In a spectacular turn of events, the developers were defeated in their own game. Then they tried again. And again. On the third attempt the developers finally defeated the guardians and ended the shard quest of Asheron’s Call. Being the fantastically good sports that they were, the developers erected a server-specific monument to the fallen Defenders of the Shard as an acknowledgment to their achievements and feats of daring.
The Biggest Digital Heist Of All Time
EVE Online is a massive MMO that places players into the roles of star pilots. Players can start their own companies to ship resources, patrol caravans, or facilitate trading –or act as assassins guilds. The Guiding Hands Social Club (GHSC) is one such group of assassins for hire and they were paid a sum equivalent to $500 to in-game assassinate Mirial, the CEO of the Ubiqua Seraph corporation. Did The Guiding Hands simply assault Mirial head-on, guns blazing? No. Anyone who tried that would be dead in less than three seconds. The CEO owned an Apocalypse class warship, which, for the EVE uninitiated, is essentially a more portable Death Star, without the exhaust port or exposed power core. So what did the Guiding Hands do? What any good assassin would do: they came at the CEO sideways, wearing a smile.
Members of the group infiltrated the company and spent a great deal of time earning trust and rising through the ranks. One of the GHSC members even became second in command of Mirial’s company. Then, at the right, predetermined hour, they all struck, like cobras at an unwitting mongoose. The CEO was dead before he knew what hit him, and everything of value on his ship was looted. Then, for good measure, the Guiding Hands destroyed his escape pod (escape pods automatically fire on death), essentially killing him twice. The Guiding Hands Social Club walked away from the ordeal with about 426 billion ISK, the real-world equivalent of $16,500 in real-world money.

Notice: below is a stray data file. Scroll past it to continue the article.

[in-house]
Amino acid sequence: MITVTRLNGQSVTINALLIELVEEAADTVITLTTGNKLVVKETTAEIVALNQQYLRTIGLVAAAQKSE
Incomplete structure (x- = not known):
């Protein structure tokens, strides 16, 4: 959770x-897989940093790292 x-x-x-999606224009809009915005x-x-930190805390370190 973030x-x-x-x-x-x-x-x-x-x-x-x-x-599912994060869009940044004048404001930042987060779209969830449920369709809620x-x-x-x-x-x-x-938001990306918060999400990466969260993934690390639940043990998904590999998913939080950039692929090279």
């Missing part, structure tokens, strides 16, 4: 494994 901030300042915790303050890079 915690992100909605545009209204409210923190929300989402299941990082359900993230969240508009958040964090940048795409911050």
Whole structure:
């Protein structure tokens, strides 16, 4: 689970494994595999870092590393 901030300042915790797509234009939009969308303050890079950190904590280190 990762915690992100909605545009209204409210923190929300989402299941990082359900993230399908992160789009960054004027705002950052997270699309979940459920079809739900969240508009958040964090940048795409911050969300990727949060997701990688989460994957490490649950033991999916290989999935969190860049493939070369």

The strangest part of this in-game robbery and assassination? This kind of thing is entirely in line with EVE’s rulebook. Well played, GHSC. Well played.
When YouTube user DarkSydeGeoff posted a video demonstrating how to exploit repairing in Battlefield 3 for infinite points, he didn’t think he was doing anything wrong. But when he saw the effects of the exploit spread throughout Battlefield 3 and newly high-level players began griefing low-level players, he realized his error. So, in a classic case of vigilante-ism, he decided he would wipe out players using the exploit wherever he found them. Perhaps two wrongs don’t make a right, but Geoff tried his best to undo the evil and suffering he had caused across Battlefield 3’s servers. Of course, he could just be a Battlefield 3 troll who enjoys sowing chaos and destruction, but I prefer my interpretation.
Fansy The Famous Bard
There once was an EverQuest player who went by the name of Fansy. The PvP server named Sullon Zek that Fansy chose to play on was aligned about 80% evil, 10% neutral, and 10% good, and had no rules. As you might imagine, the good team was trounced time and time again and had to retreat to isolated, in-game equivalents of Hoth from The Empire Strikes Back. Fansy was a bard aligned with good, and… well, was named Fansy. Players were not especially nice or welcoming to Fansy as he travelled the land of EverQuest. He was jeered at and taunted, and called various names, the most innocuous of which was Fansy the Pansy.